Health Benefits of Yams

Shaun DMello
Shirley Johanna
Article Reviewed by Dietitian Shirley Johanna, M.Sc, M.Phil
Last Updated on Jul 26, 2019
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What are Yams?

When people talk about yams, they are essentially referring to the starchy, edible tubers from plant species that belong to the yam family. The health benefits of yams make them a good addition to one’s diet and there is no shortage of healthy recipes for yams.

Health Benefits of Yams

Yams are essentially flowering plants which are often mistaken for sweet potatoes although yams come from plants that have a single embryonic seed leaf (termed as a monocot) and are classified under the yam family, under the Dioscorea genus.

Sweet potatoes, on the other hand, come from plants that possess two embryonic seed leaves (known as a dicot). Further, they fall under a different family classification — the morning glory or Convolvulacea family. In terms of similarity, rather than sweet potatoes, yams are found to be related to grasses as well as lilies.

In appearance, they often resemble elongated potatoes but the size and appearance of yams could differ greatly with the different varieties, such as purple yams and white yams. The smaller ones could be compared in size to a small potato while the larger ones can grow to weigh over 100 pounds. Their origins can be traced to the continents of Africa and Asia but they are widely available in most parts of the world today, especially as more people come to appreciate the health benefits of yams.

Fun Facts about Yams

  • It may surprise you to know that in the Trobriands, near Papua New Guinea, they have ‘magicians’ who are specially needed to use their magic to make yams flourish in their neat and tidy gardens.
  • At one point in Japan’s history, it was only the nobility who were privileged to be allowed to eat the Japanese variety of yam, known as yamaimo root.
  • There is an annual Yam Festival which is popularly celebrated in Ghana, which is understandable given how popular the crop is throughout Africa.

Health Benefits of Yams

  • A standard serving of baked yam contains 20% of your daily requirement of vitamin C. There are many reasons why experts promote vitamin C as a nutrient that has such a huge positive impact on our health and wellbeing. This single vitamin promotes healing and can help with many health problems such as disease of the eye and many prenatal health issues. Studies have even linked this vitamin to protection against deficiencies of the immune system. Being an antioxidant, it is beneficial for a person’s overall health, skin and bones.
Yams Improve Bone Health
  • While vitamin B6 is found in larger quantities, yam also contains varying quantities of vitamins B1, B2, B3 and B9. The B vitamins are notably important in helping your body derive energy, which it processes from the intake of food. Another of the benefits is its links with a lower incidence of heart disease as well as high blood pressure. A deficiency in vitamin B6, on the other hand, can lead to anemia.
Yams Control Your Blood Pressure
  • Yam can benefit one’s digestion and does much to improve bowel movements. This is because not only does it have dietary fiber but also is a source of potassium. The presence of both helps in maintaining regularity and in keeping digestion healthy. Those concerned with weight loss should opt for such foods rich in fiber as they promote the feeling of fullness.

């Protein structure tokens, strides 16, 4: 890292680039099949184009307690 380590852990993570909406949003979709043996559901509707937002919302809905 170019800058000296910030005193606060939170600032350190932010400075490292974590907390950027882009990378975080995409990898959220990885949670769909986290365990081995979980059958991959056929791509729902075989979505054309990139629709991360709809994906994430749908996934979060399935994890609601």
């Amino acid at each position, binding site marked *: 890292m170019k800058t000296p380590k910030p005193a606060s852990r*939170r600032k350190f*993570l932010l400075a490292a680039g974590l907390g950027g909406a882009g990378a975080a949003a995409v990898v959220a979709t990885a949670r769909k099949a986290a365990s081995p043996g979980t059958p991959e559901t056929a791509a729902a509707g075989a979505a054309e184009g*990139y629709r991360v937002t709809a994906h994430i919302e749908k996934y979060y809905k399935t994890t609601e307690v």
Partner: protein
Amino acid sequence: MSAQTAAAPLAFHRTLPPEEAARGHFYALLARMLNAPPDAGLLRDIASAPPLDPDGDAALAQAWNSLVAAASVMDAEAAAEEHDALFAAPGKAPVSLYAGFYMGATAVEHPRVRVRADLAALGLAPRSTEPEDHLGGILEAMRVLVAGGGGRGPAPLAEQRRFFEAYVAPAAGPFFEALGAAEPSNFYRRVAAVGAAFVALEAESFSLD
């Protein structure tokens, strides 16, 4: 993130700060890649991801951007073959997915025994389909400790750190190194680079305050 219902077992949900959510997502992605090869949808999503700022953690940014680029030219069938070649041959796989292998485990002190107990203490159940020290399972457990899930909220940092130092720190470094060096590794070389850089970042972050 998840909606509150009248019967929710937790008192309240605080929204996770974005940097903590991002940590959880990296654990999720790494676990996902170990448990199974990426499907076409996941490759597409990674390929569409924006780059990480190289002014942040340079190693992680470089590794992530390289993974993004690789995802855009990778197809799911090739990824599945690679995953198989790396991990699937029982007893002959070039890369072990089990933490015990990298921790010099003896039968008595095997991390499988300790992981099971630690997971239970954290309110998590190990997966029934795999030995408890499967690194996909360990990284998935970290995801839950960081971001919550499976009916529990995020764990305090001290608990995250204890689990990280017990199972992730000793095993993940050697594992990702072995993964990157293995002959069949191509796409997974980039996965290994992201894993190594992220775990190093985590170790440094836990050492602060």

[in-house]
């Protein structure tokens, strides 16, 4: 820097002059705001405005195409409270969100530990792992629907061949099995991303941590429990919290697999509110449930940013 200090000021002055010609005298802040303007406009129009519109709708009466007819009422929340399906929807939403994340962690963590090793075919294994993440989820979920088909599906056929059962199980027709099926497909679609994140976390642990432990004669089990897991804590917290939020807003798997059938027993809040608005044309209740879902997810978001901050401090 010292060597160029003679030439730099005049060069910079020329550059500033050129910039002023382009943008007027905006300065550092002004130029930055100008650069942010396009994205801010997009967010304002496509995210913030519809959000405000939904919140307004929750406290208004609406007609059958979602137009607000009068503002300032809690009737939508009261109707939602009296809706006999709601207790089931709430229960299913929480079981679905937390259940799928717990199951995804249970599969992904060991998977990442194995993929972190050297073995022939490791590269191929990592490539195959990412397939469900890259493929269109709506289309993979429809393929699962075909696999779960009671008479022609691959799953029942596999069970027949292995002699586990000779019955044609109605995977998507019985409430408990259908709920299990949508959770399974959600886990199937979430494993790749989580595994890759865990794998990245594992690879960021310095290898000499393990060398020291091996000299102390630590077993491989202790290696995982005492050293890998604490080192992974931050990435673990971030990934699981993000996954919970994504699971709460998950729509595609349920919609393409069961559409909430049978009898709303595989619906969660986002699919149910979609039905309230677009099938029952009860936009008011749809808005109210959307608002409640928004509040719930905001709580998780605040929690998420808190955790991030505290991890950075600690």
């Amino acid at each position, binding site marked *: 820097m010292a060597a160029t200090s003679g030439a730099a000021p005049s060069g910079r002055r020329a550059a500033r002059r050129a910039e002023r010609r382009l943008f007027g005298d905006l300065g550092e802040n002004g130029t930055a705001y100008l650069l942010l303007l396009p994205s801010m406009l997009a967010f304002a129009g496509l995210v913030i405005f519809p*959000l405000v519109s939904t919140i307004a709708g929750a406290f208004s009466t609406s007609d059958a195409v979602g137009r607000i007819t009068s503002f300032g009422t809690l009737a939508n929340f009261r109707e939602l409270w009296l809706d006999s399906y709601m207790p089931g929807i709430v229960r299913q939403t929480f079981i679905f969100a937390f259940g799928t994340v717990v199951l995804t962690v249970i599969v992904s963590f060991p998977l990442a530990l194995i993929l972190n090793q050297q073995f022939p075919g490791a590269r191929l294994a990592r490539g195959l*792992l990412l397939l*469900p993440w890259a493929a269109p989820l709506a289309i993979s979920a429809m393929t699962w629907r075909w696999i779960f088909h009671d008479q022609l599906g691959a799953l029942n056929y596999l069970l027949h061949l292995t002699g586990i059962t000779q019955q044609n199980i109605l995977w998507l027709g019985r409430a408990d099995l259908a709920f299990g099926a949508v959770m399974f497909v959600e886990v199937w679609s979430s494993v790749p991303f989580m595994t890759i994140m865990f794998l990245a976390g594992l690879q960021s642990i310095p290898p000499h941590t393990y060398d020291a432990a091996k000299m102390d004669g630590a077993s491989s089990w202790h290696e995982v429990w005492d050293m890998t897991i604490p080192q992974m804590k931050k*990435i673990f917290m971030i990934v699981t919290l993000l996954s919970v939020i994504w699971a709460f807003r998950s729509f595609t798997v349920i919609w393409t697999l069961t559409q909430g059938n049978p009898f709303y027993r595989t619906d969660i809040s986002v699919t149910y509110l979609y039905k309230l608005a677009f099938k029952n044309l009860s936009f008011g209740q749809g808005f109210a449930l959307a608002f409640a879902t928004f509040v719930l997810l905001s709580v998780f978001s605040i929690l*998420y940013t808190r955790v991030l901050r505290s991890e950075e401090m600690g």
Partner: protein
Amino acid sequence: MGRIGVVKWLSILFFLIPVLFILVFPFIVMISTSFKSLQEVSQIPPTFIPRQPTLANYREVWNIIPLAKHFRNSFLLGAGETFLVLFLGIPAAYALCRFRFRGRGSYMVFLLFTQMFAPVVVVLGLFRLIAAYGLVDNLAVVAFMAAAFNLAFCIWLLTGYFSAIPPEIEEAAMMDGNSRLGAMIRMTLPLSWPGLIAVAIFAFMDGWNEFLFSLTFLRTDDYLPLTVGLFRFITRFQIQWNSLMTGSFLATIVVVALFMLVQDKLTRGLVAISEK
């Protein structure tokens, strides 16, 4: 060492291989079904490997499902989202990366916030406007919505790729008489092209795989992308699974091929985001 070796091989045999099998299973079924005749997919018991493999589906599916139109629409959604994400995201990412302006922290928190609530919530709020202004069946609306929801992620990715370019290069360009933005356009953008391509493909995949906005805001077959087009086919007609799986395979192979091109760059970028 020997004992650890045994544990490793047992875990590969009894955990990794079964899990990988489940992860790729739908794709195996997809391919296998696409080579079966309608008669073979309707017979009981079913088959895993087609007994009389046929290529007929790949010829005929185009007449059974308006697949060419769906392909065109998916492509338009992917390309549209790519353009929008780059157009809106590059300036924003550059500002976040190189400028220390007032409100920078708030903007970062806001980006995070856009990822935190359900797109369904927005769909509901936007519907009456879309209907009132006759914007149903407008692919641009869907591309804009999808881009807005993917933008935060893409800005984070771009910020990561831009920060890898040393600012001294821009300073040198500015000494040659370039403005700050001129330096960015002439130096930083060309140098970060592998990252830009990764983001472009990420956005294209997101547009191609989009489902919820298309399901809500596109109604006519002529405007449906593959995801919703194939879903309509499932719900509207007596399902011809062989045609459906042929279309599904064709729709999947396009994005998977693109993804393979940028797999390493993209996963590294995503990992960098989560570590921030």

• The carbohydrate contents, coupled with the other nutrients mean that a lot of energy can be obtained from the consumption of yams. More importantly, yams will not cause a sudden crash post-consumption, which can be a problem after elevated blood sugar levels, which is an issue with high glycemic index foods.
  • One should note that yams have many good properties and their use in medicine is a long-standing tradition in countries like China and Japan. They have been used for a wide range of treatments, from stomach disorders to diabetes.

Baked Yam Recipe

There are many healthy recipes for yams and the simplest of these is a side dish of oven-roasted yam. The ingredients needed to make two servings of this enjoyable fare are:

  • A large-sized yam
  • Olive oil (two tablespoons)
  • Salt and pepper to taste (about a teaspoon each).


  • Peel the yam and then slice it so that each cut is about a quarter-inch thick.
  • Place the same in a shallow pan lined with foil and add the seasoning.
  • Bake until tender in a 350-degree pre-heated oven.
  • This should take about 30 minutes to bake and the wrinkles around the edges are one way to tell when the dish is nearly ready.

The simplicity of the recipe means that you can choose from a variety of flavors to add, from garlic to your favorite dried herbs.

Yam, raw

The nutritional values of "Yam, raw" per 100 grams are:

Nutrition Summary
Total Calories 118
Protein 1.5 g
Fat 0.4 g
Carbohydrate 27.9 g
NutrientsAmount%Daily Value
Calcium, Ca 17 mg 1.7 %
Copper, Cu 0.18 mg 8.9 %
Iron, Fe 0.54  mg 3 %
Magnesium, Mg 21 mg 5.25 %
Manganese, Mn 0.4 mg 19.85 %
Phosphorus, P 55 mg 5.5 %
Potassium, K 816  mg 23.31 %
Selenium, Se 0.7 mcg 1 %
Sodium, Na 9 mg 0.38 %
Zinc, Zn 0.24 mg 1.6 %
Vitamin A 138  IU 2.76 %
Vitamin C 17.1 mg 28.5 %
Vitamin B6 0.29 mg 14.65 %
Vitamin E 0.35 mg 1.17 %
Vitamin K 2.3  mcg 2.88 %
Riboflavin 0.03  mg 1.88 %
Thiamin 0.11 mg 7.47 %
Folate, DFE 23  mcg 5.75 %
Niacin 0.55  mg 2.76 %
Sugars 0.5 g
Fiber 4.1  g 16.4 %
Cholesterol 0 mg 0 %
Water 69.6 g
Carotene, alpha 0 mcg
Carotene, beta 83  mcg
Choline 16.5 mg
Lycopene 0  mcg
View all +
Data source: USDA Nutrient Database, R25
*Percent Daily Values (%DV) are based on a 2,000 calorie reference diet. Your daily values may be higher or lower based on your individual needs.


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